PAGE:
A leading dog behavior and training site, Great Companions, has this to say about your dog’s behavior and what he eats:

How does food influence my dog’s behavior?

Any food which taxes your dog’s immune system should be avoided. Feed your dog a diet which includes high quality whole meats, multiple sources of protein, and easily identifiable fat sources (i.e., chicken fat as opposed to poultry fat). Avoid, at all costs, the use of corn, wheat and soy in your dog’s food. These foods are difficult for a dog’s short digestive tract to process, and are often low quality fillers, full of pesticides and molds. Also, avoid artificial flavors, colors and preservatives, as well as sugars. Find a food which includes fruits, vegetables and probiotics. Most pet food manufacturers are jumping on the bandwagon and producing foods which follow these guidelines, so the availability of such foods is rapidly increasing. These foods will provide nutrition in the most usable form, and give the dog the best possible combination of vitamins and minerals. Poor quality foods can tamper with a dog’s blood sugar level, create irritability, gastric irritation, and other physical complaints which make learning difficult to impossible. If you are interested in feeding home-cooked meals or raw food to your dog, make sure you do lots of research first.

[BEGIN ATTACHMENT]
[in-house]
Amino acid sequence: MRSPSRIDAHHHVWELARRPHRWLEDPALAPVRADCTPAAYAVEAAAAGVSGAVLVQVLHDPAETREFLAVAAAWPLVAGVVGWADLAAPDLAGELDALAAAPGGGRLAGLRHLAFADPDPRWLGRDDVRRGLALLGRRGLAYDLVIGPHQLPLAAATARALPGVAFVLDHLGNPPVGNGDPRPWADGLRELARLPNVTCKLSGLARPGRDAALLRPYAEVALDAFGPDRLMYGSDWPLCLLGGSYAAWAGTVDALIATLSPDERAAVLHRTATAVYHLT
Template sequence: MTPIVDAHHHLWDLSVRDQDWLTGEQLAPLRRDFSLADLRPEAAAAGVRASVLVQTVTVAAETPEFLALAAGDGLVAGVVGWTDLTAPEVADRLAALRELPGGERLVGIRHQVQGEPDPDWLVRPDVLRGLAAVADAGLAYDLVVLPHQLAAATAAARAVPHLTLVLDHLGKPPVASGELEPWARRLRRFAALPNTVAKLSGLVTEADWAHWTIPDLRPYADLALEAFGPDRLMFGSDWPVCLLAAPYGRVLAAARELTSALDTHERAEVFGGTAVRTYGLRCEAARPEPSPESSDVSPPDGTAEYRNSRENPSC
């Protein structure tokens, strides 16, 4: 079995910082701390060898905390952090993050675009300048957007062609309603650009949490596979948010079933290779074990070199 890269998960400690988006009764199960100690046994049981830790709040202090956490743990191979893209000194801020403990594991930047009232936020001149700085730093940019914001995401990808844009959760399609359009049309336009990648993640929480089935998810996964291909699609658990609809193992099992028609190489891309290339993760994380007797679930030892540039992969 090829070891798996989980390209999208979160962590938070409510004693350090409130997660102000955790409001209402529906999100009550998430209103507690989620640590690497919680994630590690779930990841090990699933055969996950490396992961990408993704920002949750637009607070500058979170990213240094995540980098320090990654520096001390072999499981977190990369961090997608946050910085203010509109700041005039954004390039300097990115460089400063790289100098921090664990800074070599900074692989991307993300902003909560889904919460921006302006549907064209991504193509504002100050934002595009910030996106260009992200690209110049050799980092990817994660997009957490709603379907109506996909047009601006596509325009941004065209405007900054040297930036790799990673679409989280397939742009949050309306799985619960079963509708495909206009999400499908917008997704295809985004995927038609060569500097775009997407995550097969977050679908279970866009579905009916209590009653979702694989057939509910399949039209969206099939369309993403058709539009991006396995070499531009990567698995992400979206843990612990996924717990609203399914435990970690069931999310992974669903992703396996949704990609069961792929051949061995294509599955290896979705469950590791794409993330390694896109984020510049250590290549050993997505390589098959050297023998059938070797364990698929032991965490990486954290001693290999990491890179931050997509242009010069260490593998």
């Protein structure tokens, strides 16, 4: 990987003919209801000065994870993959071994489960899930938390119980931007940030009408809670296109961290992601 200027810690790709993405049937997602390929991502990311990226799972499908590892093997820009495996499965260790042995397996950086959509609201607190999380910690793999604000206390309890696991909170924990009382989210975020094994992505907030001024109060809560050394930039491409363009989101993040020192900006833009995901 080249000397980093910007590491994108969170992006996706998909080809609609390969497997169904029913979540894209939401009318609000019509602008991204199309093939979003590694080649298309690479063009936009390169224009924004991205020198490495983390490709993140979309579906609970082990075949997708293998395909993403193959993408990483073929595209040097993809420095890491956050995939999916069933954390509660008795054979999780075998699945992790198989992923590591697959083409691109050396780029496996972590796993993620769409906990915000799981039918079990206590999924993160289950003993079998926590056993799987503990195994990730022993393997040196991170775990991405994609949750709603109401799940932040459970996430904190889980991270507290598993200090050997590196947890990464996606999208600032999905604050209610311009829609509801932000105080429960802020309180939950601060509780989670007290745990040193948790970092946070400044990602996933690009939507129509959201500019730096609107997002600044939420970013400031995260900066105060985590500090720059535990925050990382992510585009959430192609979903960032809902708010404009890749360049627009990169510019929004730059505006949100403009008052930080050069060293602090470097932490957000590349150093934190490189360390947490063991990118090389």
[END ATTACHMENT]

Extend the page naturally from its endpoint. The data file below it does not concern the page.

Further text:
There is also a page that lists many of the trainer’s favorites and not so favorite foods.  At Bifrost Farms, if you choose to let your dog eat the food we provide rather than bring his/her own, they will get Taste of the Wild, which is on her favorable list.

We are also more than happy to discuss feeding a raw diet with anyone who is interested in converting their dogs (or cats) to the most biologically appropriate diet possible.  I wrote a three part series on feeding a canine raw diet for Examiner.com which would be a good starting point for most people.